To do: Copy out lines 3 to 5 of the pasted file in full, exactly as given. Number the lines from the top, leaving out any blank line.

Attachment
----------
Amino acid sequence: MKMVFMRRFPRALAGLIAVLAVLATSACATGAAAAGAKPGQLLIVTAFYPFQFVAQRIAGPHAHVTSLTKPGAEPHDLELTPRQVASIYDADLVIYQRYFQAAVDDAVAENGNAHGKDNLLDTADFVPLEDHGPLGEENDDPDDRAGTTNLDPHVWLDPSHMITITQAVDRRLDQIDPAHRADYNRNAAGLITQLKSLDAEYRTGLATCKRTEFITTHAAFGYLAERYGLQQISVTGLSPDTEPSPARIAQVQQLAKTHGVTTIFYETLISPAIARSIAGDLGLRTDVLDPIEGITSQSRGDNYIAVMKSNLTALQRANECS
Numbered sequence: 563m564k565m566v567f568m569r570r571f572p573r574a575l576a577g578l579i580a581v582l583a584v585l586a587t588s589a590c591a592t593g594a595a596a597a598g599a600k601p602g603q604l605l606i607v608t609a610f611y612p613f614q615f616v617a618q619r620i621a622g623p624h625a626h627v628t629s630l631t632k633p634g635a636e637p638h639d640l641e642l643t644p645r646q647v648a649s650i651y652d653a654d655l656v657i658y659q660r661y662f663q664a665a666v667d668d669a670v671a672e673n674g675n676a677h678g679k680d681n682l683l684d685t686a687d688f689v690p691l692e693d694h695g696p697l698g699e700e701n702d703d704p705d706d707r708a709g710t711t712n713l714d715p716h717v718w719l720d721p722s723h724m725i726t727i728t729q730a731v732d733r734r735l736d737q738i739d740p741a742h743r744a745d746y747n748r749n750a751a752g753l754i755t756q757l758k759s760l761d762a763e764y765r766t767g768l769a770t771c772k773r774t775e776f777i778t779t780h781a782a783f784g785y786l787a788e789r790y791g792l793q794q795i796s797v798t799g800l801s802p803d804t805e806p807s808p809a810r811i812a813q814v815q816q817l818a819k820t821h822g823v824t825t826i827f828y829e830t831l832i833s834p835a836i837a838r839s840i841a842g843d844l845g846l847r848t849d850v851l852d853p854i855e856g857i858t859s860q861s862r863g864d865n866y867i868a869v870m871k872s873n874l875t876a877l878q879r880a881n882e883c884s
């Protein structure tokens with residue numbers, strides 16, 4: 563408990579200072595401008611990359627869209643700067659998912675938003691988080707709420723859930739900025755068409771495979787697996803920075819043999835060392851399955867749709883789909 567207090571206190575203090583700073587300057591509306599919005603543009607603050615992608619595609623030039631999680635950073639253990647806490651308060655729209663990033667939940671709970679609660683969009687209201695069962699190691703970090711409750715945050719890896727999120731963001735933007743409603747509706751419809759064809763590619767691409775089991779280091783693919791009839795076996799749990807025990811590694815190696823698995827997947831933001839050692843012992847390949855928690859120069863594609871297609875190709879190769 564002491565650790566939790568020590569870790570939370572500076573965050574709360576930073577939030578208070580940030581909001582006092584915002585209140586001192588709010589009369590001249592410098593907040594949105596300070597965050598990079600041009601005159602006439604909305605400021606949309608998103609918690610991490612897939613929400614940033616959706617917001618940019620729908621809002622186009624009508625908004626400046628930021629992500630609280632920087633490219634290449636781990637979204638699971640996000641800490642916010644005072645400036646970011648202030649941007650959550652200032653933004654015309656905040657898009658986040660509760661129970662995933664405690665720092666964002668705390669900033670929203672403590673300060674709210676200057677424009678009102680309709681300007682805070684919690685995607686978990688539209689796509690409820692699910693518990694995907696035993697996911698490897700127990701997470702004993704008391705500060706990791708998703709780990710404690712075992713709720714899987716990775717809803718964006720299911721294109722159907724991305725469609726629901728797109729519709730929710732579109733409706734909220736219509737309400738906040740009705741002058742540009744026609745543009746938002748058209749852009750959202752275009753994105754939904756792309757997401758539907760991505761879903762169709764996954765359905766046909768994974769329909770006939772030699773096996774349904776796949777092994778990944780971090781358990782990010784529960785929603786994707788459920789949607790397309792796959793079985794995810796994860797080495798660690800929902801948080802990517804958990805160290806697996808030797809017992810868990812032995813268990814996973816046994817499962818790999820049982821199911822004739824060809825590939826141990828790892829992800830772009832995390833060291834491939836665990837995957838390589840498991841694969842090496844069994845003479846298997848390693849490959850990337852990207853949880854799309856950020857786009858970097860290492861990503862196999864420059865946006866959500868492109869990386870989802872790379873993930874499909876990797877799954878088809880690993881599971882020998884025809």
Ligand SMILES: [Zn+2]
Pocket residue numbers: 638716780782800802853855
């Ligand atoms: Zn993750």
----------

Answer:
């Protein structure tokens with residue numbers, strides 16, 4: 563408990579200072595401008611990359627869209643700067659998912675938003691988080707709420723859930739900025755068409771495979787697996803920075819043999835060392851399955867749709883789909 567207090571206190575203090583700073587300057591509306599919005603543009607603050615992608619595609623030039631999680635950073639253990647806490651308060655729209663990033667939940671709970679609660683969009687209201695069962699190691703970090711409750715945050719890896727999120731963001735933007743409603747509706751419809759064809763590619767691409775089991779280091783693919791009839795076996799749990807025990811590694815190696823698995827997947831933001839050692843012992847390949855928690859120069863594609871297609875190709879190769 564002491565650790566939790568020590569870790570939370572500076573965050574709360576930073577939030578208070580940030581909001582006092584915002585209140586001192588709010589009369590001249592410098593907040594949105596300070597965050598990079600041009601005159602006439604909305605400021606949309608998103609918690610991490612897939613929400614940033616959706617917001618940019620729908621809002622186009624009508625908004626400046628930021629992500630609280632920087633490219634290449636781990637979204638699971640996000641800490642916010644005072645400036646970011648202030649941007650959550652200032653933004654015309656905040657898009658986040660509760661129970662995933664405690665720092666964002668705390669900033670929203672403590673300060674709210676200057677424009678009102680309709681300007682805070684919690685995607686978990688539209689796509690409820692699910693518990694995907696035993697996911698490897700127990701997470702004993704008391705500060706990791708998703709780990710404690712075992713709720714899987716990775717809803718964006720299911721294109722159907724991305725469609726629901728797109729519709730929710732579109733409706734909220736219509737309400738906040740009705741002058742540009744026609745543009746938002748058209749852009750959202752275009753994105754939904756792309757997401758539907760991505761879903762169709764996954765359905766046909768994974769329909770006939772030699773096996774349904776796949777092994778990944780971090781358990782990010784529960785929603786994707788459920789949607790397309792796959793079985794995810796994860797080495798660690800929902801948080802990517804958990805160290806697996808030797809017992810868990812032995813268990814996973816046994817499962818790999820049982821199911822004739824060809825590939826141990828790892829992800830772009832995390833060291834491939836665990837995957838390589840498991841694969842090496844069994845003479846298997848390693849490959850990337852990207853949880854799309856950020857786009858970097860290492861990503862196999864420059865946006866959500868492109869990386870989802872790379873993930874499909876990797877799954878088809880690993881599971882020998884025809």
Ligand SMILES: [Zn+2]
Pocket residue numbers: 638716780782800802853855